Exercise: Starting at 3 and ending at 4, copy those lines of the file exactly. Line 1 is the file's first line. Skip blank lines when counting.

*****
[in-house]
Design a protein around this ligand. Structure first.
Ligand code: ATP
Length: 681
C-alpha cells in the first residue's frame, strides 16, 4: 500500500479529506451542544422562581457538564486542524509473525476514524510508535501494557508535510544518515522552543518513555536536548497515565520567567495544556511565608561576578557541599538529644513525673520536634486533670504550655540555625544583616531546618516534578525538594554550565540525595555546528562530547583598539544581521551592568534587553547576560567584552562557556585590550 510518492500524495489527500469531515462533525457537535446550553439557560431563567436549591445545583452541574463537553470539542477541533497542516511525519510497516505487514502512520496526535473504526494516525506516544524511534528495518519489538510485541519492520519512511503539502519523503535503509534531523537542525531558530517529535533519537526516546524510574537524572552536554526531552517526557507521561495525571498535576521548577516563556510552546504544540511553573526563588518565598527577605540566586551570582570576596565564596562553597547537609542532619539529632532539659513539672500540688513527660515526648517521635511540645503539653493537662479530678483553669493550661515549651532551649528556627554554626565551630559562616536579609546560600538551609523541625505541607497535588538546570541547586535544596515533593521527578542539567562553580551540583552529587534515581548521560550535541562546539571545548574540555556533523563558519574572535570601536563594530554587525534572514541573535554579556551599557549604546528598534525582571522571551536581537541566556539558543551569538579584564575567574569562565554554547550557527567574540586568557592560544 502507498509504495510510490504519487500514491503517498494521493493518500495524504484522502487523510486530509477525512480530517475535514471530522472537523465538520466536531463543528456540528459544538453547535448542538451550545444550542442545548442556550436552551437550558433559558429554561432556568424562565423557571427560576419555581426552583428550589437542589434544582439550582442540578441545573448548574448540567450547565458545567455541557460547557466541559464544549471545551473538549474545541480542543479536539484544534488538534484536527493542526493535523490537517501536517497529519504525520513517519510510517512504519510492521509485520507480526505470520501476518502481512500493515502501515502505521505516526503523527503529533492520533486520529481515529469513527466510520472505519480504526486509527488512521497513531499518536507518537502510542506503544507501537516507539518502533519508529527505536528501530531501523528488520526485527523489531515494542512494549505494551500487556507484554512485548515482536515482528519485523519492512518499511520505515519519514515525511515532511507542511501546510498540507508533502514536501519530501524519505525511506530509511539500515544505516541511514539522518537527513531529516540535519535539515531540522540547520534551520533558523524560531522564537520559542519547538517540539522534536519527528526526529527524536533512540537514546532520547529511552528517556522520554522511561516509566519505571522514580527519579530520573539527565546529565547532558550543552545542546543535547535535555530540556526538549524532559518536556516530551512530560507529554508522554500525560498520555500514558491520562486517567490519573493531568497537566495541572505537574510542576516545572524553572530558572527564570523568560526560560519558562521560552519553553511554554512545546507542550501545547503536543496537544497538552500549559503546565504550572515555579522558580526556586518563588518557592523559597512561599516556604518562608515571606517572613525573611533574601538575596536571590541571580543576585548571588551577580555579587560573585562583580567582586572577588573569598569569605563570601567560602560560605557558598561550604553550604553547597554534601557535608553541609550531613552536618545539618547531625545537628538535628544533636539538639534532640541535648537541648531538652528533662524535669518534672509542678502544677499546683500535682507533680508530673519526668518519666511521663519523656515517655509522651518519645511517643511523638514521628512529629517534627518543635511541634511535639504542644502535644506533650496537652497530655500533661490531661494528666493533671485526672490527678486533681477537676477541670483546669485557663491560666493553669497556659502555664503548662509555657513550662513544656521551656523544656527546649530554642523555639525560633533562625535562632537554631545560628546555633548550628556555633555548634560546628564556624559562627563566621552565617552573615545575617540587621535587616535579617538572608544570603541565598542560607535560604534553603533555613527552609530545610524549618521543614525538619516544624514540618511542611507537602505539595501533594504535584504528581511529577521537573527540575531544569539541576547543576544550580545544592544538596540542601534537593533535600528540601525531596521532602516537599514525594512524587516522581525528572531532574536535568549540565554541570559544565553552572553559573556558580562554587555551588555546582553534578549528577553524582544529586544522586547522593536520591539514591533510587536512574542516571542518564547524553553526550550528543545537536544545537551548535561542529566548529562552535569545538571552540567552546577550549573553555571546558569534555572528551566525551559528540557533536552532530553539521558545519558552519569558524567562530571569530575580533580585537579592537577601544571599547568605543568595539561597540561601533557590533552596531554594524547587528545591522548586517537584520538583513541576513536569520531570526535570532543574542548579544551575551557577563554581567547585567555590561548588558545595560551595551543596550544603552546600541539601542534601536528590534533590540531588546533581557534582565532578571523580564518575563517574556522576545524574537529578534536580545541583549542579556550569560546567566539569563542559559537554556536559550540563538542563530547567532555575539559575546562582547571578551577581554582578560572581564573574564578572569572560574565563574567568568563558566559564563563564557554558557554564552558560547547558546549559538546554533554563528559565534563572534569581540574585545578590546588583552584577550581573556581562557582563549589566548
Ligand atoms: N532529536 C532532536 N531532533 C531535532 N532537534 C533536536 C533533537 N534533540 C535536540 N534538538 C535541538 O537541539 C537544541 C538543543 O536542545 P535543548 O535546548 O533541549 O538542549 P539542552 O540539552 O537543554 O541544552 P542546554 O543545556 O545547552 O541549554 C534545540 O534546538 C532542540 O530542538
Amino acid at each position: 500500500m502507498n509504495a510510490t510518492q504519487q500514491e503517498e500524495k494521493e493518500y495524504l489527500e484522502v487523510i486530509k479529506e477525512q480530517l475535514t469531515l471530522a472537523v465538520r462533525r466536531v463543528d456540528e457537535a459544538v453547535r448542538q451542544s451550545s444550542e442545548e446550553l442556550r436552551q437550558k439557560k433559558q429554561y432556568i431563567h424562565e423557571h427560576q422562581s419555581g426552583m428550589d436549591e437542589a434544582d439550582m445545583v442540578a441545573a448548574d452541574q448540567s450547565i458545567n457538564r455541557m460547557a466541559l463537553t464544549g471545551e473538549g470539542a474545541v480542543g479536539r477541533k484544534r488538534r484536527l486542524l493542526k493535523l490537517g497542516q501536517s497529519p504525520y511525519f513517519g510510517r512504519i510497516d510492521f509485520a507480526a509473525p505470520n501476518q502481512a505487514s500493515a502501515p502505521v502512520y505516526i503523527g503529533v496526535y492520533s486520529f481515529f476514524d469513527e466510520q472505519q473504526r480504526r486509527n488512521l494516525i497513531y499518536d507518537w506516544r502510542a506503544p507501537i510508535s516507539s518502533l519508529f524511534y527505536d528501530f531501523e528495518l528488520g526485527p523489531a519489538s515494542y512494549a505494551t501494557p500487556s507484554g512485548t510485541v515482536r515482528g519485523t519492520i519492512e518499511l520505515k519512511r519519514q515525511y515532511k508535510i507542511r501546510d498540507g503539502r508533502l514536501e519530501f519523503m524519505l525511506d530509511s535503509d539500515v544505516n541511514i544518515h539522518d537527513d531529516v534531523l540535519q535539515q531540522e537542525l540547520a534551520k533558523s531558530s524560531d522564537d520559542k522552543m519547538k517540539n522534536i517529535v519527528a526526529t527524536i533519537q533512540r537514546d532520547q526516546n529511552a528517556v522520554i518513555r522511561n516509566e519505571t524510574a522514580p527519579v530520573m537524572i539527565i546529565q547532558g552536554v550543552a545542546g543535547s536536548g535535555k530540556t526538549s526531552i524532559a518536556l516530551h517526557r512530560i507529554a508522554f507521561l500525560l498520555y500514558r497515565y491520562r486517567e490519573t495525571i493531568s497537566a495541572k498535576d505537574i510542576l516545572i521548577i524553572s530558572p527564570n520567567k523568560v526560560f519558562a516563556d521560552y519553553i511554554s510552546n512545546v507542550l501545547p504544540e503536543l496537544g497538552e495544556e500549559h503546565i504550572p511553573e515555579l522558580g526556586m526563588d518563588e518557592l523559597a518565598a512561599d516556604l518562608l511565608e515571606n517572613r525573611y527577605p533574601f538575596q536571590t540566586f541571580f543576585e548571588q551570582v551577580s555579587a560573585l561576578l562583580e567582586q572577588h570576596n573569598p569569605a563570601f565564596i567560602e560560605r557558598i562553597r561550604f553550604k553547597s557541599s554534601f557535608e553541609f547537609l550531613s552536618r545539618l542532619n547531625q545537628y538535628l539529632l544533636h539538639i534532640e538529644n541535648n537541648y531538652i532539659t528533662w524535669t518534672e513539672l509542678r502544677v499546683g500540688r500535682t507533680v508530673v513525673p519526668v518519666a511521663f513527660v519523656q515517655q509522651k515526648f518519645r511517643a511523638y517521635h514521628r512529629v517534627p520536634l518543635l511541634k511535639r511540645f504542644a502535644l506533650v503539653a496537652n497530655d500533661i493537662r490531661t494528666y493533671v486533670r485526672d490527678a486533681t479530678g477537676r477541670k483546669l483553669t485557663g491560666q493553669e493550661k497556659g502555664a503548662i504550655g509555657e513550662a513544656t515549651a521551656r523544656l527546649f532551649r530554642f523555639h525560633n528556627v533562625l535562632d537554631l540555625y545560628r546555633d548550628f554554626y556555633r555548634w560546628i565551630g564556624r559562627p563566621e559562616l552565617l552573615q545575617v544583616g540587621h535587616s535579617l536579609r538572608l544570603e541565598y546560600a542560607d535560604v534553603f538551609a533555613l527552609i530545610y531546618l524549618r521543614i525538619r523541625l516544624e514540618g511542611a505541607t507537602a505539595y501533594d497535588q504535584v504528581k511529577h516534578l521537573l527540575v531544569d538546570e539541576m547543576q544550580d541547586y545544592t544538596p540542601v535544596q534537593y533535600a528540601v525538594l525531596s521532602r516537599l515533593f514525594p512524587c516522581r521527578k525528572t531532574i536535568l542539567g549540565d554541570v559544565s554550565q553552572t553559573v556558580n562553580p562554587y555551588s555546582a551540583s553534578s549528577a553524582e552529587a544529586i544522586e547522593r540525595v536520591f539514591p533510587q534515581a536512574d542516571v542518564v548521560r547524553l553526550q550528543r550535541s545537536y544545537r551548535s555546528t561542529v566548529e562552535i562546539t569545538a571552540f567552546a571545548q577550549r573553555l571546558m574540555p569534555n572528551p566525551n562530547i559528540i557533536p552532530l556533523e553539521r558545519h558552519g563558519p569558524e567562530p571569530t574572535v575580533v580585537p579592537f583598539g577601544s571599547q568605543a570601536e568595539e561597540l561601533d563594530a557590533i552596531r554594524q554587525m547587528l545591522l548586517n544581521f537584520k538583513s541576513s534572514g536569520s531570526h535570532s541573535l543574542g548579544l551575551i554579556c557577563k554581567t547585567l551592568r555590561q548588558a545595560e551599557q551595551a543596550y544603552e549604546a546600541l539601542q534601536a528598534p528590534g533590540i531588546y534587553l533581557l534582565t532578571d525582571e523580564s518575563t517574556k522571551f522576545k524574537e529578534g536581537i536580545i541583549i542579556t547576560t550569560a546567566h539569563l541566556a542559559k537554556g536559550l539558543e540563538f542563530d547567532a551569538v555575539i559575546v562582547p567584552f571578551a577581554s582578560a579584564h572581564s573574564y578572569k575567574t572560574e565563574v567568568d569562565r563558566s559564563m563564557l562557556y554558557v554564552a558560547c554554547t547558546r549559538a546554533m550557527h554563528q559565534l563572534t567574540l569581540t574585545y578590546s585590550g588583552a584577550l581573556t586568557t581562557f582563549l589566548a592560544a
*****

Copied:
Ligand code: ATP
Length: 681